Newly Discovered Source of Methylmercury: Groundwater


Dr. A. Russell Flegal
Professor of Environmental Toxicology
UC Santa Cruz
T.: (831) 459-2093

Dr. Adina Paytan
Associate Research Scientist
Institute of Marine Sciences
UC Santa Cruz
T.: (831) 459-1437

Dr. Frank Black
Postdoctoral Researcher
Department of Geosciences
Princeton University
T.: (609) 258-2849

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June 8, 2009

Collecting groundwater from Stinson Beach

UCSC graduate student Priya Ganguli (left) and former UCSC graduate student Frank Black collect groundwater samples from Stinson Beach. Credit: Lydia Jennings

June 8, 2009

Contact: Christina S. Johnson,, 858-822-5334

SANTA CRUZ ­– For the first time, scientists detect a highly toxic form of mercury in groundwater flows at two coastal sites in California. 

The UC Santa Cruz researchers who led the NOAA California Sea Grant-funded project believe these flows represent a significant and previously overlooked source of mercury in the nearshore marine environment.

In an article appearing in Environmental Science and Technology, scientists report that submarine groundwater flows at Stinson Beach in Marin County and Elkhorn Slough in Monterey County inject about as much total mercury into coastal waters as that falling out of the sky locally through atmospheric deposition.

More importantly, groundwater appears to contain relatively high levels of methylmercury, the highly toxic form of mercury that accumulates in the marine food chain and poses a public health problem in most regions of the world, according to the Madison Conference Declaration on Mercury Pollution.

Collecting groundwater at Elkhorn Slough

UCSC graduate student Priya Ganguli collects groundwater at Elkhorn Slough. Credit: Princeton/F. Black

Previous studies documented the presence of methylmercury in terrestrial groundwater. Fewer studies, though, have observed methylmercury in coastal waters.  

“What makes this study interesting is the idea that methylmercury is forming in coastal groundwater,” says Cynthia Gilmour, a microbial ecologist and senior scientist at the Smithsonian Environmental Research Center in Edgewater, Md. “We don’t know very much about the sources of methylmercury to coastal waters. It is a hot topic.”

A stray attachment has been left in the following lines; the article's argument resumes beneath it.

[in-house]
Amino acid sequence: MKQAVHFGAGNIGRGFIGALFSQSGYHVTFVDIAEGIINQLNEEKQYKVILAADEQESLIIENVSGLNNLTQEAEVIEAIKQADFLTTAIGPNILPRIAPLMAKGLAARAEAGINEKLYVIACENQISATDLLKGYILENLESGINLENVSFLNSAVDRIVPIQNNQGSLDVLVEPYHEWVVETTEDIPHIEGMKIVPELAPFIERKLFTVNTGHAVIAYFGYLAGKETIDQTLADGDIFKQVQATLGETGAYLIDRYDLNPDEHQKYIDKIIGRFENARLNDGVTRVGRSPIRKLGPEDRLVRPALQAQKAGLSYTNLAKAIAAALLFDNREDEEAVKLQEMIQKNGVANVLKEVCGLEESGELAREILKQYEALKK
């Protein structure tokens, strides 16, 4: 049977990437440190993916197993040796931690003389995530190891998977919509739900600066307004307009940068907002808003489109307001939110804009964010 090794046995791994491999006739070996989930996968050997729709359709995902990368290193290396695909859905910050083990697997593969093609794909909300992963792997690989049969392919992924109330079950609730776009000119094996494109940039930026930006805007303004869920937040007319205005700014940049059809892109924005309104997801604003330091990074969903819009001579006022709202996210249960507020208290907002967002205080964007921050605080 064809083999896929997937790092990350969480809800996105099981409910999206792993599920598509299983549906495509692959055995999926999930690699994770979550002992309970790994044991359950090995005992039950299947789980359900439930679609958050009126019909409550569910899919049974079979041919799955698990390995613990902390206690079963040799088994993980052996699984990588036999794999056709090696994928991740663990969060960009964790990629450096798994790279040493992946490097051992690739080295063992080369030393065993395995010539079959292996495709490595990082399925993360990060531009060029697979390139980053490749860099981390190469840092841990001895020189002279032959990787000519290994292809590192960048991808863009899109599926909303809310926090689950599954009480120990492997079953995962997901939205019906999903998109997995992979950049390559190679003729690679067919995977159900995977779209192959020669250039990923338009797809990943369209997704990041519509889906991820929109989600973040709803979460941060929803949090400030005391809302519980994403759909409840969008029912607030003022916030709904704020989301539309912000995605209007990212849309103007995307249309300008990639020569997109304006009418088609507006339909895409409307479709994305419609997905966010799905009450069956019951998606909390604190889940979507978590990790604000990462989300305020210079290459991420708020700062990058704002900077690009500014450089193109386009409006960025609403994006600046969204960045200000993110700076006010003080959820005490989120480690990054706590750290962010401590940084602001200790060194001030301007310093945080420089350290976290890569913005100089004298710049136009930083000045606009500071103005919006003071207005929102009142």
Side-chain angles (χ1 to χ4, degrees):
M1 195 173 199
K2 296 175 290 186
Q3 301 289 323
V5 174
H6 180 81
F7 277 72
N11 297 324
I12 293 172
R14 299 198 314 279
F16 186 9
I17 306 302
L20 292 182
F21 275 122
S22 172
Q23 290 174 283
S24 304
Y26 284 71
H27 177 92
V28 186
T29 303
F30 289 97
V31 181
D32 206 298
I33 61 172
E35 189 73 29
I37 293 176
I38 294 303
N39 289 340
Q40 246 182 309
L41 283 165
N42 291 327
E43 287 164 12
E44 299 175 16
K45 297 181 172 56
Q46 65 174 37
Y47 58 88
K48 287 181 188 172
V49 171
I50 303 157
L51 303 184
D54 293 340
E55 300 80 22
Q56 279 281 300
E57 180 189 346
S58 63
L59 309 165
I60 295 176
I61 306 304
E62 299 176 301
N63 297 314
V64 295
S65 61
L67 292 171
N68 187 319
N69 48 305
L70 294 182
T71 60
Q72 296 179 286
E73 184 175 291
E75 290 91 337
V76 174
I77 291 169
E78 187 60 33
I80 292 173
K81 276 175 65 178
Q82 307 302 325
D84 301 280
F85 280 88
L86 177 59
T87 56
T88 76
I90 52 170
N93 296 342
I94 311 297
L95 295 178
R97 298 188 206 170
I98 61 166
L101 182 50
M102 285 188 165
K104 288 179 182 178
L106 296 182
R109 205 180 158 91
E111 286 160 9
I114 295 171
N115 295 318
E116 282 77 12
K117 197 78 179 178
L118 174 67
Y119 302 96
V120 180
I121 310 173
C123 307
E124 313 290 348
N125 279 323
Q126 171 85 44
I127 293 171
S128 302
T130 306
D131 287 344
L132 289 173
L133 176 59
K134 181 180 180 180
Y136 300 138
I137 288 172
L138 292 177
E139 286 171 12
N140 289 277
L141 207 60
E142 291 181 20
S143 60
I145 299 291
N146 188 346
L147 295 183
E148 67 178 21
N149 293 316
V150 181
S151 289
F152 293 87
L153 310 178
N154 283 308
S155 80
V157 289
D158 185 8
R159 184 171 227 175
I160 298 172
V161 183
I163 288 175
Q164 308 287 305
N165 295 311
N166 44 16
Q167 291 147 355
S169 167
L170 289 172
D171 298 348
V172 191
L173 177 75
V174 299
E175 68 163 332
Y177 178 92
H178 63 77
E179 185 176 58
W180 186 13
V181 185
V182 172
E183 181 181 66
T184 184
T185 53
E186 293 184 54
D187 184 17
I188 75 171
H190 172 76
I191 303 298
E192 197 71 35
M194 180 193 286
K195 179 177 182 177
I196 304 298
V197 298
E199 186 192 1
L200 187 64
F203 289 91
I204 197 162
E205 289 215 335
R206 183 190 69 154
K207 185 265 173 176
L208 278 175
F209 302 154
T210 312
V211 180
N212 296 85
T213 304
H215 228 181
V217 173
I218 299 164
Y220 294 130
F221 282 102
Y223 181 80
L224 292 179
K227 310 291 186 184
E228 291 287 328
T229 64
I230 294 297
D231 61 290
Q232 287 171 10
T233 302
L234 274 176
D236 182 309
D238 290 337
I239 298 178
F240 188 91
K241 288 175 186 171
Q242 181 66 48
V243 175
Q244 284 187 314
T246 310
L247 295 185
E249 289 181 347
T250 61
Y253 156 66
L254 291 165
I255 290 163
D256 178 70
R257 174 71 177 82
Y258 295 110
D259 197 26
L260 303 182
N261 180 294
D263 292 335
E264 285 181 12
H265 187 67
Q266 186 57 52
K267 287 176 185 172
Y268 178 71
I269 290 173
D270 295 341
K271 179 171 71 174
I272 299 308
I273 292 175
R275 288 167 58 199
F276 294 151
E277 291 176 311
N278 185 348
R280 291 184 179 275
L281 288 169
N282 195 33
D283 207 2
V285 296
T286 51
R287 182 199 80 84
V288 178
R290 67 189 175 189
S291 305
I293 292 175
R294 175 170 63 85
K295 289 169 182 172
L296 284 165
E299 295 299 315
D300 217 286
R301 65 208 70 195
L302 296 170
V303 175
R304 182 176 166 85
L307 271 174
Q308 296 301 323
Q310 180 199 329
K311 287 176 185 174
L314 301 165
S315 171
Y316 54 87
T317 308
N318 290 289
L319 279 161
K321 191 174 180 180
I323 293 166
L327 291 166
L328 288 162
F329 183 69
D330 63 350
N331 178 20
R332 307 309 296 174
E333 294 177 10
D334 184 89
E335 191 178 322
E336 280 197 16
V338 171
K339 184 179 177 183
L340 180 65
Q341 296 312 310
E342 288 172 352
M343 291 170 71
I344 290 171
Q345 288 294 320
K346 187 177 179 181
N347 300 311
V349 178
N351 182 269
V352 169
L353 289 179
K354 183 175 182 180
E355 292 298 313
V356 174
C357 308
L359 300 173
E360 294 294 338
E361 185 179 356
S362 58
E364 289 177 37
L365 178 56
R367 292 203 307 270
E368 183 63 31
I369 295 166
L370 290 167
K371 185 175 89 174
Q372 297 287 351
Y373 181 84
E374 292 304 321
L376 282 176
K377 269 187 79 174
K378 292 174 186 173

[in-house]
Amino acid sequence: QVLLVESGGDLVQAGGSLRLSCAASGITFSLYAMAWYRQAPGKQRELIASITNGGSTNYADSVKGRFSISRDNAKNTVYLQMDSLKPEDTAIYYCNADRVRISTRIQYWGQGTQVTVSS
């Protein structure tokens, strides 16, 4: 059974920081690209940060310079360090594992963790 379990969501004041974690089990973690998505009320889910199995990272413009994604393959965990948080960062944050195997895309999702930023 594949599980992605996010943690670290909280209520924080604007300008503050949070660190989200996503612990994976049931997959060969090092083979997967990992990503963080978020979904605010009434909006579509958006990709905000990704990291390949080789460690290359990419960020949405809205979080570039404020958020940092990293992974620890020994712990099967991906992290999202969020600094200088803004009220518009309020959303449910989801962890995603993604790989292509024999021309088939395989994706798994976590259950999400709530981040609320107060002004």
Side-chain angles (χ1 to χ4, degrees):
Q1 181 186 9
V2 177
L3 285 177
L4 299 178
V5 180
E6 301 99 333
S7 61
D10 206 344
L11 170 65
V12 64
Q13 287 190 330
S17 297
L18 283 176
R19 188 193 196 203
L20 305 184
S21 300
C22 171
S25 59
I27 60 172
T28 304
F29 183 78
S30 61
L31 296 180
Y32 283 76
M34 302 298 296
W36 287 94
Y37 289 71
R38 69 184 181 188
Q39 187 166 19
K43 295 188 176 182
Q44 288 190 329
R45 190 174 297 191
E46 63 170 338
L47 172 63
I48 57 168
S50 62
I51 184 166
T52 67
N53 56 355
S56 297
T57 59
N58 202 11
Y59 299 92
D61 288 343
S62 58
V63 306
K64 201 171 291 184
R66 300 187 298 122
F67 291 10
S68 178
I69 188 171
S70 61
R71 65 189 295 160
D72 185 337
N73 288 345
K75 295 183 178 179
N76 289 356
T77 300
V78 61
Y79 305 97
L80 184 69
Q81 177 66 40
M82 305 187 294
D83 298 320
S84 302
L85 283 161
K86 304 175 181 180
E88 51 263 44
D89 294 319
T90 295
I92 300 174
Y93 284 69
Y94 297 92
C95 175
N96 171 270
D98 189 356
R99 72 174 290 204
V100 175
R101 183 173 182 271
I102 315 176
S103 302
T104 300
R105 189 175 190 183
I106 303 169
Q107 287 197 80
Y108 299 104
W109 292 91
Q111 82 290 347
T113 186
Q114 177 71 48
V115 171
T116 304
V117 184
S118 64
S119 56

Gilmour says that the study’s findings, however, are consistent with “a growing consensus that coastal fishes are acquiring mercury from methylmercury produced in the coastal zone.”

“The big question for public health is, ‘Where is all the mercury in seafood coming from?’” says coauthor Russell Flegal, a professor of environmental toxicology at UC Santa Cruz. “What we have shown is that methylmercury is coming from groundwater in California at surprisingly high levels.”

On a global average, the amount of mercury falling out of the sky has tripled since the Industrial Revolution 200 years ago, due primarily due to the burning of fossil fuels. “As a result, most mercury today enters most landscapes through atmospheric deposition,” Gilmour says. This mercury is converted into methylmercury by sulfur- and iron-reducing bacteria, which reside in wet, low-oxygen soils and sediments.

“People have assumed that methylmercury must come from the bottom of the ocean or from surface waters flowing to the coast, but never from groundwater,” says UC Santa Cruz biogeochemist Adina Paytan, also a co-author.

Coal-burning power plants are the largest producer of man-made mercury emissions.

Coal-burning power plants are the planet’s single largest producer of man-made mercury emissions. Credit: Getty Images

The scientists did not attempt to identify the sources of mercury in groundwater. But, Frank Black, a former doctoral student at UC Santa Cruz, now a postdoctoral researcher in biogeochemistry at Princeton University and the study’s lead author, believes that some of the inorganic mercury is likely coming from natural processes such as weathering of local mercury-containing rocks. Mining and other human activities are also likely sources of mercury in soils and sediments.  

In terms of understanding where inorganic mercury is converted into methylmercury, Black believes that septic tanks in the vicinity of Stinson Beach, because they provide nutrients to methylating bacteria, may be contributing to methylmercury formation. At Elkhorn Slough, the leading theory is that groundwater is flushing out methylmercury from sediments where it is being produced.

In addition to Black, Paytan and Flegal, the coauthors of the paper include Karen Knee and Nicholas de Sieyes of Stanford University and Priya Ganguli and Ellen Gray of UC Santa Cruz.